Departure day! I was very excited to see this NASA image of Antarctica online today. This unique view of the Antarctic Peninsula was taken from aboard the International Space Station. It zeroes in on the exact region we will be visiting. Deception Island is one of the locations we'll be setting foot on - hopefully with similar weather conditions as the astronauts captured in this amazing image. Learn more about NASA's Earth Observatory.
Antarctica's weather is extreme. The coldest reading on Earth was recorded at Vostok Research Station in 1983. An unimaginable reading of minus 128.6 degrees Fahrenheit was obtained by scientists. We have no concept of how cold that is.
My second oldest brother used to live in Fairbanks, Alaska where minus 40 or even minus 50 degrees was possible. I always wanted to visit once during the winter to see if the body can tell the difference between minus 20 and something 20 or more degrees colder.
Thanks to the work of two researchers, we are more knowledgeable about the impact of frigid temperatures.
The man in the image to the right is Charles F. Passel. You probably don't recognize the name, but you are very familiar with his work.
Passel was a team member on Admiral Byrd's third Antarctic expedition. The team left Boston Harbor on a steamer named the North Star on November 15th,1939. The 25 year old Passel signed onto the mission as geologist, his primary task during the next two years was to collect rock samples and map the geologic features in Antarctica.
With dogs and equipment on deck, the crew of the North Star headed south through the Panama Canal, across the Pacific to New Zealand and finally Antarctica. Their journey lasted more than two months.
Passel referred to this expedition as the last of the "romantic expeditions" as they relied on dog sleds and skis for most of their transportation during the nearly two years they lived on the Ross Ice Shelf.
Life was pretty harsh for these explorers. Passel noted that morning temperatures INSIDE would dip to around minus 15 degrees. One of their biggest fears was fire, so the men had to let any heating units go out overnight.
I became acquainted with Charles in 1989 while working as a meteorologist at KTXS-TV. We had a record cold snap that encompassed much of the United States. We were looking for additional stories for our coverage of this arctic outbreak when it was suggested that I go interview Charles Passel.
Passel had one other task while on the Byrd expedition: work on the "relative comfort index" with Paul Siple. During the winter night when the men were unable to perform studies away from Little America III, they were given other assignments. Passel and Siple performed more than 400 experiments with a water bottle, thermometer and stopwatch. They wanted to know how fast heat would be removed from an object under certain winds and temperatures. What they were tracking seems like a simple concept, yet until their work, no one had studied this effect since it was first discussed around 1850.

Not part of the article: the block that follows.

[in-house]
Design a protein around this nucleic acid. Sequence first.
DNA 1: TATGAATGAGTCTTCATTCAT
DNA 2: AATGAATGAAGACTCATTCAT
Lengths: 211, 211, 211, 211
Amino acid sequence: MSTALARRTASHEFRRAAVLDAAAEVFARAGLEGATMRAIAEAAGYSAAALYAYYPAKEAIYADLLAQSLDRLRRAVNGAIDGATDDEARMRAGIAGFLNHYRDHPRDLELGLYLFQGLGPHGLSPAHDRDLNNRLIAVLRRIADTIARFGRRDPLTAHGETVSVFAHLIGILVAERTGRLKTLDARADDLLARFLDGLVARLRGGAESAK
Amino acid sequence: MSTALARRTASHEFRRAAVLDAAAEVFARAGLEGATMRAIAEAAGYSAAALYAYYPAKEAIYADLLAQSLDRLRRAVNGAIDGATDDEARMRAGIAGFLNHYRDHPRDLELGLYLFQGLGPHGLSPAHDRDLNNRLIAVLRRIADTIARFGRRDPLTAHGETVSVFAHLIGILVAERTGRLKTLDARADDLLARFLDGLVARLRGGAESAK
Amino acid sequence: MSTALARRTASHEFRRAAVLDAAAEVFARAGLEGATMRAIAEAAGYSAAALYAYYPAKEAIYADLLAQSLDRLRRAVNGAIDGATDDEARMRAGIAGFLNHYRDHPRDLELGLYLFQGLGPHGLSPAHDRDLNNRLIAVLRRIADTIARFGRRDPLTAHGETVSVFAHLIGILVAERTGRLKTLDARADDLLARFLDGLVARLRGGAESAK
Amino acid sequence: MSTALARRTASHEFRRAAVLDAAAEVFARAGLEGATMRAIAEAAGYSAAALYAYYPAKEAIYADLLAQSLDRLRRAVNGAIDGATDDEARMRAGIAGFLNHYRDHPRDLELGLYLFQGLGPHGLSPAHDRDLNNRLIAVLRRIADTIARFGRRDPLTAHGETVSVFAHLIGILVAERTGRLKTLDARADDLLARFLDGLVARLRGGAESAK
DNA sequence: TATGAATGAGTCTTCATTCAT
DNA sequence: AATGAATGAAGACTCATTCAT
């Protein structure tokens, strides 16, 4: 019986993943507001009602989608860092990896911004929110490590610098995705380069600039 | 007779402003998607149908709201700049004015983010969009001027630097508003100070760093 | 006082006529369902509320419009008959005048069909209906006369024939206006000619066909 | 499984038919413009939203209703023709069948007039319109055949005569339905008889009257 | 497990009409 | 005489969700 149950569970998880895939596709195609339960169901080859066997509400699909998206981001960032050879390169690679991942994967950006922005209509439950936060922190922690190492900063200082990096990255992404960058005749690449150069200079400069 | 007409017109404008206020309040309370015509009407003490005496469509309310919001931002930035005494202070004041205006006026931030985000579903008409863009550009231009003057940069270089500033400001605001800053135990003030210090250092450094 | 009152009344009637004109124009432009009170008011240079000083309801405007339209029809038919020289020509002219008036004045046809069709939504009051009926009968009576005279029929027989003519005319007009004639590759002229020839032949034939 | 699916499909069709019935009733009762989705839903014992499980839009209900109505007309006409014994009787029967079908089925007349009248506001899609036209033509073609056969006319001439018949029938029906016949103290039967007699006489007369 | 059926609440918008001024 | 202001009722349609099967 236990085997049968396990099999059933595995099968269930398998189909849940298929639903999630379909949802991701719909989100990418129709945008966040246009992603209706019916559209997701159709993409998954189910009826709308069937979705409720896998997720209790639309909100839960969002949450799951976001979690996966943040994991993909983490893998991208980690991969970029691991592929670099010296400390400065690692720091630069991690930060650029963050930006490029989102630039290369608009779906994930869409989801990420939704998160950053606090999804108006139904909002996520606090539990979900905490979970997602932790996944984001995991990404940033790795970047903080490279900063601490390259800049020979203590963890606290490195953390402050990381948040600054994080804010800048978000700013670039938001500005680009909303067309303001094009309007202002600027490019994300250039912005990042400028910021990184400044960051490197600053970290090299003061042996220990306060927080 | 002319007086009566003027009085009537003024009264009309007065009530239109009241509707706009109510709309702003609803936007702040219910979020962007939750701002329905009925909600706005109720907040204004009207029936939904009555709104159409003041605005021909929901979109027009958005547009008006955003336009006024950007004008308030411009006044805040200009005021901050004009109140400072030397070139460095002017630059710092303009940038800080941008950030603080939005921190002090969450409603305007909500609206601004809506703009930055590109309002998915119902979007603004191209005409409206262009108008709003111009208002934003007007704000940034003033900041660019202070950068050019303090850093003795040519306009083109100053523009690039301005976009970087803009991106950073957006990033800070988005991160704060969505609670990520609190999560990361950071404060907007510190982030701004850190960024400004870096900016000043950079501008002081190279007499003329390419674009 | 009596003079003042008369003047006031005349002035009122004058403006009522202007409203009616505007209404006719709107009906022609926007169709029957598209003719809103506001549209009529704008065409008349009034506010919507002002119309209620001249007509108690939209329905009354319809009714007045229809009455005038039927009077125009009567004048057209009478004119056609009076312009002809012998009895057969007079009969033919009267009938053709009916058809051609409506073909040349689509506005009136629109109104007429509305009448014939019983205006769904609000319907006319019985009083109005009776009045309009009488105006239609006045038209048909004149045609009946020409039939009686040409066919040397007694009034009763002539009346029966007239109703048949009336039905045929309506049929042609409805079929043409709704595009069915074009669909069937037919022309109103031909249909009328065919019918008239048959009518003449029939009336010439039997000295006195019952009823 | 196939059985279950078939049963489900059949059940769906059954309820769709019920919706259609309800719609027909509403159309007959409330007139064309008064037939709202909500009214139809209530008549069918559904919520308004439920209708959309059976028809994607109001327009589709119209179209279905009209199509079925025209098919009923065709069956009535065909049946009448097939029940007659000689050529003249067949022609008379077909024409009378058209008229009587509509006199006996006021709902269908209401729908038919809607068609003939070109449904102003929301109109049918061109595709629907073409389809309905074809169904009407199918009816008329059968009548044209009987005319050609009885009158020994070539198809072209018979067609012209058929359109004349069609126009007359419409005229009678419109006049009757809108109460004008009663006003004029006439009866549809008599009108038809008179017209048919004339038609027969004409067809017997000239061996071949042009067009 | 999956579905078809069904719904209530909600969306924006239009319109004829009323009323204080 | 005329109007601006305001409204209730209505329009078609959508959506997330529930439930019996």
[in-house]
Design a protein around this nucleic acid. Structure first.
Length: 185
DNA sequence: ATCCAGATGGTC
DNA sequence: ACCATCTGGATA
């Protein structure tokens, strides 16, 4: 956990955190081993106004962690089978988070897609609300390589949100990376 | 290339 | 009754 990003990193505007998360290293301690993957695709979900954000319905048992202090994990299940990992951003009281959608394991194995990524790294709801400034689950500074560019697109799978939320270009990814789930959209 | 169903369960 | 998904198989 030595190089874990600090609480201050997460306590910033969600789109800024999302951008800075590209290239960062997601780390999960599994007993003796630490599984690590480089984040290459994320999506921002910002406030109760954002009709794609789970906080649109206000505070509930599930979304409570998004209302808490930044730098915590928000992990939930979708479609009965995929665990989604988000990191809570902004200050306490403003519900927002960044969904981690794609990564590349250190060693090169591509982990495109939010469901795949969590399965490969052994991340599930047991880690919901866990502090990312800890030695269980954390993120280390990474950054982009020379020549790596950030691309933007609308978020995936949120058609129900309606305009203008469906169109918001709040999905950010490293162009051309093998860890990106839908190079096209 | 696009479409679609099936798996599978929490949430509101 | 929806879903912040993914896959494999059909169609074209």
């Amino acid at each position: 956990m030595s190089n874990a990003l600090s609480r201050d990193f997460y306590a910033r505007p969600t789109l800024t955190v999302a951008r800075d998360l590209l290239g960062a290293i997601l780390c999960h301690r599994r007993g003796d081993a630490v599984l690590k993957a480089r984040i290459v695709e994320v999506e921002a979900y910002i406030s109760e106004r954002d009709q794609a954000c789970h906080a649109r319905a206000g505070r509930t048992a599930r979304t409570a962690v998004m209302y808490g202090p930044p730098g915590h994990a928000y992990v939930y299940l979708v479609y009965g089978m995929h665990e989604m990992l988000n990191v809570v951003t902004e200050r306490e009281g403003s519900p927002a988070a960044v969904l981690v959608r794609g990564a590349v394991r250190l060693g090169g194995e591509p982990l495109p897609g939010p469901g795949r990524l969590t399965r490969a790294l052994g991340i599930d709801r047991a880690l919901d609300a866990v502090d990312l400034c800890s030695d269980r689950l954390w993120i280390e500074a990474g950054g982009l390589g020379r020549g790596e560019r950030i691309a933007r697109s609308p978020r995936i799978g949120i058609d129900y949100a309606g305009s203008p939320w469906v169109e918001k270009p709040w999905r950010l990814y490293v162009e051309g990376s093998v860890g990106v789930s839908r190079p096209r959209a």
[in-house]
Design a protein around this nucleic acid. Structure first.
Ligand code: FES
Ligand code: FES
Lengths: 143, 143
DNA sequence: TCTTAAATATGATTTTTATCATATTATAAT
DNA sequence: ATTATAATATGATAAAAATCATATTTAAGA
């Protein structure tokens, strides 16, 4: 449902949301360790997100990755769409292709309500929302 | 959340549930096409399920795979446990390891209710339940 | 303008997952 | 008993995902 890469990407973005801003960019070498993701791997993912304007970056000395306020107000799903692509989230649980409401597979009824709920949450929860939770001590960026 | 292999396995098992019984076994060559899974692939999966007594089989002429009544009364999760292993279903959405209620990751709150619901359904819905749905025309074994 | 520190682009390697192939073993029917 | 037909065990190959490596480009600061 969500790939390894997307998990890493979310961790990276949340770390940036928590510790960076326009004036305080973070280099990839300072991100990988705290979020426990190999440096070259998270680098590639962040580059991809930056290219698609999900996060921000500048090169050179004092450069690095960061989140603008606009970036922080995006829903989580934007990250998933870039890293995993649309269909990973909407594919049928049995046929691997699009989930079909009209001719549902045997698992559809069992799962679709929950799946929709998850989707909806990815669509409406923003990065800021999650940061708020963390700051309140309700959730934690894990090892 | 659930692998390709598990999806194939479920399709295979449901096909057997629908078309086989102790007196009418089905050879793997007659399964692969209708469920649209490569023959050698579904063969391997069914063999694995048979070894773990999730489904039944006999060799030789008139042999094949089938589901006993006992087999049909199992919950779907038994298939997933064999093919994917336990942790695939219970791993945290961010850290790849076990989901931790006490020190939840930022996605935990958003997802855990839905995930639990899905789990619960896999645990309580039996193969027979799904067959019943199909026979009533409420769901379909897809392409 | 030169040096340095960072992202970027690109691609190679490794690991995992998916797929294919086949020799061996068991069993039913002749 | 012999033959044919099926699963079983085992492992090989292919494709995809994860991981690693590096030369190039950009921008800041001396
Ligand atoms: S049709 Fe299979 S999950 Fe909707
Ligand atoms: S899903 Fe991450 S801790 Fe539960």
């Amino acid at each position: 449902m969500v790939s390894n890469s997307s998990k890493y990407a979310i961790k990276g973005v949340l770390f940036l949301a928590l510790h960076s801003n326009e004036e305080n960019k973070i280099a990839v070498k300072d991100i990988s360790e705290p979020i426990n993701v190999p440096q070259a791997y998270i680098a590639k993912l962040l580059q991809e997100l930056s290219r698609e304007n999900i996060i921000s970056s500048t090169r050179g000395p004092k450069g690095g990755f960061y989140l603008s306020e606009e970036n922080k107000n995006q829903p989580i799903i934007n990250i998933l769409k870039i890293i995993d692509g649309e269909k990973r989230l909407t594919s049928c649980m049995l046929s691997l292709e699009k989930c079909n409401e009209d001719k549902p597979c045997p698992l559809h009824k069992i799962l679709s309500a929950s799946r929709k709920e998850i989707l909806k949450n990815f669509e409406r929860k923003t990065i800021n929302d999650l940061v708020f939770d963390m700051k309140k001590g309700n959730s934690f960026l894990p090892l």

n addition to the water bottle experiments, Passel (seen on the left above) and Siple timed how long it took their faces to freeze under different conditions. Passel estimated they performed these frosty experiments about 100 times. They published their work several years later, mainly for government purposes. The military wanted to know how to protect soldiers in extreme weather conditions. The new "Wind Chill Index" served that purpose. Passel told me once that he had nearly forgotten about this work until a late night ride back to Texas from Louisiana. He was listening to WLS-AM when he heard the disc jockey talking about the Wind Chill Factor. "I knew he was talking about my work," said Passel.
Passel had a wonderful slide show of his time in Antarctica. Three projectors gave everyone the feeling they were actually aboard the North Star or mushing dogs across the frozen landscape. I had the privilege to see his presentation twice. During one program at the Abilene Public Library, Michael Young, the official in charge of the Abilene National Weather Service office, asked a staff member to turn down the air conditioning the night before. The next day the temperature was between 95 and 100 degrees, but inside the room it was about 30 degrees colder. We all felt like we were there with Charles.
My thanks to Charlotte Passel, Charles' daughter who pointed me in the direction of the Byrd Polar Research Center. Their family donated his original slides to the Goldthwait Polar Library.
Thanks also to Laura Kissel, the Polar Curator of the research center's archival program, for giving me permission to post these pictures. The full collection may be viewed online.
Learn more by reading Passel's book, "Ice: The Antarctic Diary of Charles F. Passel."